In a letter to the Duke Chronicle published today, Duke University senior Abby Alger blasted a recent editorial weighing the pros and cons of the newly-opened Durham Performing Arts Center, arguing that the piece contained “little research, no analysis and vague platitudes about arts and community.” Meanwhile, Alger writes:

Durham suffers from blight and poverty, aging public infrastructure, overburdened courts, perpetual crime and woefully under-performing schools. But $46 million is awarded to a yuppie’s dream “arts center”-and the board doesn’t even give a damn.

Phil Szostak, a developer for DPAC and the building’s architect, issued a bizarre response this morning:

Abby; I hope it makes you feel better to know thatthe City Council felt as you do and did not contribute money to the theater. After paying off the bonds the City will own the theater. The theater is paying for itself, even allocating money from each ticket for future capital improvements.

The $46.8M theater was paid with monies from an hotel occupancy tax and naming rights (which we have sold between $2-$3million dollars work)and a $7.5extraordinary gift from Duke to help benefit the American Dance Festival.

The City will continue to make additional money from the theater with Parking revenue and a share of the profits, if the theater is successful. [emphasis added]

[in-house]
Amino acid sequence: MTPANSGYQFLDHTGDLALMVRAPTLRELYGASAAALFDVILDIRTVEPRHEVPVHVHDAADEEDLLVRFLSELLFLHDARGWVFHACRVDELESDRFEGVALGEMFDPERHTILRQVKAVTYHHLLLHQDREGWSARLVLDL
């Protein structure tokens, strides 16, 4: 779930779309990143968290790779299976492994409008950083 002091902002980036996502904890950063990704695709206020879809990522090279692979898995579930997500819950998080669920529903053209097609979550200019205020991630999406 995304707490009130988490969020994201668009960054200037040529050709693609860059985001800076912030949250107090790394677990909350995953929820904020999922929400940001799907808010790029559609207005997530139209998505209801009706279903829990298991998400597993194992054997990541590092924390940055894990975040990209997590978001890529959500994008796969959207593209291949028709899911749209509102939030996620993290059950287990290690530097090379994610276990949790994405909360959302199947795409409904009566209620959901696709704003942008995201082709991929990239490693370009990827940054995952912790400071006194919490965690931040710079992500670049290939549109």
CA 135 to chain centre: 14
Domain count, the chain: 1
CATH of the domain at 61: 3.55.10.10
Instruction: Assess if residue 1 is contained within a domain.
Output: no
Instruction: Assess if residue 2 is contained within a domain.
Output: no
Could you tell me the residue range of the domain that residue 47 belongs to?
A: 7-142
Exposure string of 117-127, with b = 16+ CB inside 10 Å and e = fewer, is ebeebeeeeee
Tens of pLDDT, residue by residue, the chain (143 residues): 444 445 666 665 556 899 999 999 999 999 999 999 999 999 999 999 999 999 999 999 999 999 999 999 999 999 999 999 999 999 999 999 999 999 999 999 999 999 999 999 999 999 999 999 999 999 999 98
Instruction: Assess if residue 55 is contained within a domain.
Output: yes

Although the city has sold naming rights to the DPAC stage, lobby and atrium, the theater and building itself–the most critical elements–remain unsold. Meanwhile, the city has budgeted an annual revenue stream of $800,000, over the next 28 years, in naming rights, to help pay back its $67 million debt on the theater. Using Szostak’s figure of $2-3 million, the city is on track to make payments for the next three years–and is so far out-of-luck for the next 25. Already, the City has approved using money from the Downtown Revitalization Fund as a “backstop” to money it has not earned through naming rights. (For more on city money going toward DPAC, read the Nov. 19 Indy story, “The buck stops-where?”)

In effect, the theater is not “paying for itself,” as Szostak claims. Or, as Alger puts it in her response:

Arguing that DPAC will “pay for itself” is akin to me arguing that my (cough, overly expensive) college education will pay for itself. If and only if I end up being successful, that may be true in the long-run, but it will first require me to endure short-run costs…and a lot of Ramen.

Putting aside philosophical arguments–and one’s definition of “pay” (money, prestige, a wide selection of Broadway hits?)–the operative phrase here is Szostak’s: “if the theater is successful.” If DPAC doesn’t sell enough tickets (and, by extention, naming rights and parking spots), not only will Durham fail to make a share of the theater-generated profits Szostak mentioned, but it won’t even be able to make its debt payments. (In which case, money that would otherwise go toward “blight and poverty, aging public infrastructure, overburdened courts, perpetual crime and woefully under-performing schools” would instead go to DPAC. And we’ll all be eating Ramen.)